We conducted a comparative study of different stereoscopic display modalities (head-mounted display, polarized
projection, and multiview lenticular display) to evaluate their efficacy in supporting manipulation and understanding
of 3D content, specifically, in the context of neurosurgical visualization. Our study was intended to
quantify the differences in resulting task performance between these choices of display technology. The experimental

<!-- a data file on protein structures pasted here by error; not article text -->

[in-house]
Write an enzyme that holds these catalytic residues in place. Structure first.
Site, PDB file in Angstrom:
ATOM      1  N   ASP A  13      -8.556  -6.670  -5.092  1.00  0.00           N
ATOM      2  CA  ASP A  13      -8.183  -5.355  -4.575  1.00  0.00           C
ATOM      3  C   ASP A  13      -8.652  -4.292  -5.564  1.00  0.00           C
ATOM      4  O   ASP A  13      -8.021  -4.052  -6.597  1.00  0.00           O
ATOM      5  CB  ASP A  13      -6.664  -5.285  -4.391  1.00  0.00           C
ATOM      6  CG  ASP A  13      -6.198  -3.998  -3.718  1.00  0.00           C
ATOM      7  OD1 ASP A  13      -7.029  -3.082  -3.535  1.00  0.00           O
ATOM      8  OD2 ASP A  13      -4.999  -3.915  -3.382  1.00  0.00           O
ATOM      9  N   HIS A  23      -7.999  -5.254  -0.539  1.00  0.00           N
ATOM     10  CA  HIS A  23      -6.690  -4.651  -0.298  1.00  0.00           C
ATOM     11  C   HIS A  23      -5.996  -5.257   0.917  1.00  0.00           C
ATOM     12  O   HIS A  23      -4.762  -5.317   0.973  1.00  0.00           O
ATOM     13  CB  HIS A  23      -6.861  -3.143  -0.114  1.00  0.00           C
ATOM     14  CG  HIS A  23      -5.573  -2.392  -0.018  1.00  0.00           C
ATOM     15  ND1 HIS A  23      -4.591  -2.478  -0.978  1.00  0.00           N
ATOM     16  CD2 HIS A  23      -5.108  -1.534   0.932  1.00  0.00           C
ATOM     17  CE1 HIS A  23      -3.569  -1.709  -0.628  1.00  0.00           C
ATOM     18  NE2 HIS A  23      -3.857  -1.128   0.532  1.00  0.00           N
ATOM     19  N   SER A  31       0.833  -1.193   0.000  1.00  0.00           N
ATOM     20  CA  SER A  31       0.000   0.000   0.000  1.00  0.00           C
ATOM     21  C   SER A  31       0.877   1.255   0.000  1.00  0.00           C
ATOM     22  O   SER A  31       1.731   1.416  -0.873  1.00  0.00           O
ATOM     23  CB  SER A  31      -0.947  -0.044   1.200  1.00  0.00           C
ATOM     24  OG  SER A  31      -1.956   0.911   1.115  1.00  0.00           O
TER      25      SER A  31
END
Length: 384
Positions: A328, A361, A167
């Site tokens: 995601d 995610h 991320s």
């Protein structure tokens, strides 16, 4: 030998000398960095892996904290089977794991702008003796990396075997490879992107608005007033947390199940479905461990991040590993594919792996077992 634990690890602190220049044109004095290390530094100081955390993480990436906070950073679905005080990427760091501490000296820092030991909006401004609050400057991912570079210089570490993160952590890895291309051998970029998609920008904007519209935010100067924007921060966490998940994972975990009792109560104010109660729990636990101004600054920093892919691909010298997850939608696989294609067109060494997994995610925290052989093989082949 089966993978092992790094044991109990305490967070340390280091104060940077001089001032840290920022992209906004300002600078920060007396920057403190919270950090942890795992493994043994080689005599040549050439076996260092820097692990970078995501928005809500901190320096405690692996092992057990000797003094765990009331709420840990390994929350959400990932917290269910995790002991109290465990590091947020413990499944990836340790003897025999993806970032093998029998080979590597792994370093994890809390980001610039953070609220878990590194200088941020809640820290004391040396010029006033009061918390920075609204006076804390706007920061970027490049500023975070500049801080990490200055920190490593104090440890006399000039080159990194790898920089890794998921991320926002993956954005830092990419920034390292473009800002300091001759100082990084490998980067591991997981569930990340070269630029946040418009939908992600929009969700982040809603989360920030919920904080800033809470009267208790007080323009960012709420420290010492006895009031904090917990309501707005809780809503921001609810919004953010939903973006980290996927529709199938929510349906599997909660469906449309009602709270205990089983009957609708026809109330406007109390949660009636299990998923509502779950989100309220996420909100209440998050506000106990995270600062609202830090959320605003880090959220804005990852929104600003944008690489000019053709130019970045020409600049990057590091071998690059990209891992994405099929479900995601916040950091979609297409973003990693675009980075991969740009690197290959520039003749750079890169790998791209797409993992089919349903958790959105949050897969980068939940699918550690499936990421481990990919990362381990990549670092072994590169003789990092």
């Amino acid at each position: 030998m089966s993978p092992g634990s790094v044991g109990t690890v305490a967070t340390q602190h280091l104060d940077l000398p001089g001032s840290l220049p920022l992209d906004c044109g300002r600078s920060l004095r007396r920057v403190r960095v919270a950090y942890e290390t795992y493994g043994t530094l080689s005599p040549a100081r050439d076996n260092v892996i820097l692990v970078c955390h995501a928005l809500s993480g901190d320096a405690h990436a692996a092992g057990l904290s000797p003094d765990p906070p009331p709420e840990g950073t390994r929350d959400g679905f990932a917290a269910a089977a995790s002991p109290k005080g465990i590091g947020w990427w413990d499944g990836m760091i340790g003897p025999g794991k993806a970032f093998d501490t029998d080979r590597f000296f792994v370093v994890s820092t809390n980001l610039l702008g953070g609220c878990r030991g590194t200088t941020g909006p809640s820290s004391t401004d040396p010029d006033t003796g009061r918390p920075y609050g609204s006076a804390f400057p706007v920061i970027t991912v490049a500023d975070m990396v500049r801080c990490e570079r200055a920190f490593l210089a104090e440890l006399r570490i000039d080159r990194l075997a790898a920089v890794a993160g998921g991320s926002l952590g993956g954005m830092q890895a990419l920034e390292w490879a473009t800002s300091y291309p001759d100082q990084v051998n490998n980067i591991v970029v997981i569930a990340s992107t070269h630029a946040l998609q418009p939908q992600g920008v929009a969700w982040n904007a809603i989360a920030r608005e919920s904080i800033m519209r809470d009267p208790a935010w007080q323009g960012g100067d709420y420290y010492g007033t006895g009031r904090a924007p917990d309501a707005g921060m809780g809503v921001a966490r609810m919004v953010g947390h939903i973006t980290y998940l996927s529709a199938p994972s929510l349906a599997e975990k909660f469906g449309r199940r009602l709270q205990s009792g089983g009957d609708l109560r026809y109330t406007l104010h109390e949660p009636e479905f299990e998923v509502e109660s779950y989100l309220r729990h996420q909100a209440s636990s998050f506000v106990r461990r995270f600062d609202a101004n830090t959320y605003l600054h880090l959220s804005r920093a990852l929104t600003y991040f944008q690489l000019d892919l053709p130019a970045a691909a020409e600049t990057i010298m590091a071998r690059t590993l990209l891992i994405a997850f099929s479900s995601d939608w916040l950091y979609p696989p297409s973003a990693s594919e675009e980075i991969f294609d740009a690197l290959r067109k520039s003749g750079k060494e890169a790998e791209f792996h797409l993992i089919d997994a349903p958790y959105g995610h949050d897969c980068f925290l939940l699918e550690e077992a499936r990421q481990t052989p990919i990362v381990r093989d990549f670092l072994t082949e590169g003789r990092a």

configuration involved a segmented brain vasculature and a simulated tumor. Subjects were asked to
manipulate the vasculature and a pen-like virtual probe in order to define a vessel-free path from cortical surface
to the targeted tumor. Because of the anatomical complexity, defining such a path can be a challenging task.
To evaluate the system, we quantified performance differences under three different stereoscopic viewing conditions.
Our results indicate that, on average, participants achieved best performance using polarized projection,
and worst with the multiview lenticular display. These quantitative measurements were further reinforced by
the subjects' responses to our post-test questionnaire regarding personal preferences.